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NERCOMP NETMAN/Wireles-LAN Constituency Group Meeting
Yesterday was the NERCOMP (Northeast Regional) meeting of the NETMAN and Wireless-LAN Constituency Groups (NERCOMP holds are constituency group meetings at the same time, so we combined NETMAN and Wireless-LAN. I’m going to send this message to the Wireless-LAN list too). Considering NERCOMP is more focused on Layer 7, we had a good turnout. And as is often the case, the timeslot was too short and several parallel conversations spilled out into the hallway after the session. But I’d like to summarize the meeting.
I looked over both lists’ discussions from the last month or so and picked out topics to seed the meeting. It’s interesting to me how the same topics are perpetually hot on everyone’s plates.
Eduroam continues to be of interest. We (SSU) plan on joining in the next few months as do other institutions represented in yesterday’s meeting. It appears we put the task on our whiteboards and it continually gets bumped down the priority list.
Hard-wiring dorms – split results here. The traditional “port per pillow” philosophy is still there, but people still wonder if it’s needed moving forward. Game consoles seem to be the biggest user, but video pushes users to a wired connection too. We ran a report that showed 75% of our ports in the res halls get used at least once during the term (it could be the same xbox being passed around though ;) ). Other schools said their numbers are closer to 15%.
DHCP HA – a few products/processes were thrown out for comment (ISC failover, Active Directory, Infoblox)
Multi-vendor Internet – Good discussion here. It seems BGP is the protocol everyone loves to hate. A good quote from one attendee was “point, prod and pray”. Hardware port-balancing was discussed (A10, Barracuda, <another I didn’t get the name, sorry>).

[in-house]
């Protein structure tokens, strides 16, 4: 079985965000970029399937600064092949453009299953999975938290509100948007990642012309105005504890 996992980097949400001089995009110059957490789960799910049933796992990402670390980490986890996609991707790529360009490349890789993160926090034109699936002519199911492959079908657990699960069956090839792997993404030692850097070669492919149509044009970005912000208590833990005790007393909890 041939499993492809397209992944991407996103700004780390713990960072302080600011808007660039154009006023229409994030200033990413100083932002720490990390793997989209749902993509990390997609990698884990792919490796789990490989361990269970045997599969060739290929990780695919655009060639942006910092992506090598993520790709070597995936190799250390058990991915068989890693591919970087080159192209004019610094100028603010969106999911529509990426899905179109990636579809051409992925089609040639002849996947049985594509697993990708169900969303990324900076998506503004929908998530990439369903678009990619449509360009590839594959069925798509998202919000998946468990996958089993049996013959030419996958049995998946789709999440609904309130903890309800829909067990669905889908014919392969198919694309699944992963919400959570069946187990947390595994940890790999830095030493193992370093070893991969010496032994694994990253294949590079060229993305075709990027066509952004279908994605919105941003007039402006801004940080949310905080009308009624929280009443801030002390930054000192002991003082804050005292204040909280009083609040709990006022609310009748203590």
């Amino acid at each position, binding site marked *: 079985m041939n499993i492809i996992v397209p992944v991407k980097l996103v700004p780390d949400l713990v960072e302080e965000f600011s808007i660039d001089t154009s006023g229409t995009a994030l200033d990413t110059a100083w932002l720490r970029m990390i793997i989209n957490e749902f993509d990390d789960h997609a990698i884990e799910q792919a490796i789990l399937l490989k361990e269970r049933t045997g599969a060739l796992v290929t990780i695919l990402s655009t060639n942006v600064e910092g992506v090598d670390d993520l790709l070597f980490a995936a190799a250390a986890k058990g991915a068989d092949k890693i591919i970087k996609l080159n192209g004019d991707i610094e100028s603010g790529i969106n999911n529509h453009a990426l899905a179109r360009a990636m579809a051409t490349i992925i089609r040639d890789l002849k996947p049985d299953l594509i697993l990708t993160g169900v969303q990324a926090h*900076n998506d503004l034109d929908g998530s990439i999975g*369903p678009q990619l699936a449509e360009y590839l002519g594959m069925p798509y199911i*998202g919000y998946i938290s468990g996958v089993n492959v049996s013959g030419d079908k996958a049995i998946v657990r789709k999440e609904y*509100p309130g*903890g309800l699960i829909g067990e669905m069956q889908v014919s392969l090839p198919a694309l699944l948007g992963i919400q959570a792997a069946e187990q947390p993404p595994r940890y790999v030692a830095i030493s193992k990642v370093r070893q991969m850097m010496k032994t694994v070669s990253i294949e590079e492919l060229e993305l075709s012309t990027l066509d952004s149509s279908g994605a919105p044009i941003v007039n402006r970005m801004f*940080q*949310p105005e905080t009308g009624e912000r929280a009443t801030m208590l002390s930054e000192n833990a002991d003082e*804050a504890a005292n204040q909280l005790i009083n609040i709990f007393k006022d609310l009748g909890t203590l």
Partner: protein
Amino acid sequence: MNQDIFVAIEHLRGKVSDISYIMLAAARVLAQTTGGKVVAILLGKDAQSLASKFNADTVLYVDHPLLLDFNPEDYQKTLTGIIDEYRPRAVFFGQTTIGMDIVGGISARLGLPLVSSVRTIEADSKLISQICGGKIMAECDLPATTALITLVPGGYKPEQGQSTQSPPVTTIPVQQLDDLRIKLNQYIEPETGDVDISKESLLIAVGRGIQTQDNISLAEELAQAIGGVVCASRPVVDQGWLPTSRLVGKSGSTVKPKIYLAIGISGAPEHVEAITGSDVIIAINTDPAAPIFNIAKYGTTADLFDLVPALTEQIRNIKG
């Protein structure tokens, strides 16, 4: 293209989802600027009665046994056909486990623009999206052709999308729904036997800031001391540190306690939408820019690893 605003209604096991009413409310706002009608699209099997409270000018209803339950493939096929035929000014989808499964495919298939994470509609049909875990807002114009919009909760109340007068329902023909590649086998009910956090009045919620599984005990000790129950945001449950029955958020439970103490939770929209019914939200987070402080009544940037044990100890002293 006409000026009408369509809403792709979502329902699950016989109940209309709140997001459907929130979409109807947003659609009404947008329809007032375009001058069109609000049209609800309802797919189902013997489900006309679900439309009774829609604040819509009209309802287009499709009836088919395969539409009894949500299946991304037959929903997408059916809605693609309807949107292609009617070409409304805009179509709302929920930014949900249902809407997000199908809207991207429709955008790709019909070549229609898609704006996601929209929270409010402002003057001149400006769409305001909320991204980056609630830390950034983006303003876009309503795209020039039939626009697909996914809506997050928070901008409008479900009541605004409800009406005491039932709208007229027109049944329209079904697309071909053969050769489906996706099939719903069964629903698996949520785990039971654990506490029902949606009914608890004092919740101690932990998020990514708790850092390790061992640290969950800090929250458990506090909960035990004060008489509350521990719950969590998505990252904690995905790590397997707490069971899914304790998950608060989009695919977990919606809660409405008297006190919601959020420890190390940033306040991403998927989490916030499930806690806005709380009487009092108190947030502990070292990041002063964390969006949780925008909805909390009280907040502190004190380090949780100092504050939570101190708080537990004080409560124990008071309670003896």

Use of wireless point-to-point was discussed. One attendee’s college is geographically challenged when it comes to getting physical wiring to his campus, so wireless looks like his best option. And, if you’ve ever wondered, the John Hancock Tower in Boston originally had a sway of almost 3’, but now it’s more on the order of 3-6” since post-construction stiffening and counterbalances were added. I digress.. . A few months ago there was some discussion on the list about Ubiquity’s Airfiber (24GHz). I’m waiting to see Lee Badman’s thoughts once theirs goes through a Syracuse Winter! There was also some discussion about Lee’s Wireless satisfaction survey. Wireless networking (consistency in user “experience”) continues to be an issue.
The discussion took on the other meaning of “Wireless survey” with a discussion about how we are all moving from “coverage” models to “capacity”. We discussed how people decide placement of radios for new installations. The old model of placing a temporary access point/array and then walking around with a laptop (lather, rinse, repeat) doesn’t seem to work as well now that we are worrying more about capacity. Many of us are using blueprints for a predictive analysis and then tuning after full installation. This model seems to work for new buildings, but not as well for old construction where “what’s in the walls” is less known.
There was a short discussion on Cisco’s acquisition of Meraki. Those who were familiar with Meraki were not impressed. Those with opinions on Cisco felt it wouldn’t be good for the industry.
The old philosophy of being a single-vendor network shop was discussed. General consensus was “best of breed”.
If people see anything in here they want to comment further on, fire up a thread and let’s get the conversation going (again).
Brian Helman, M.Ed | Director, ITS/Networking Services | (: 978.542.7272
Salem State University, 352 Lafayette St., Salem Massachusetts 01970
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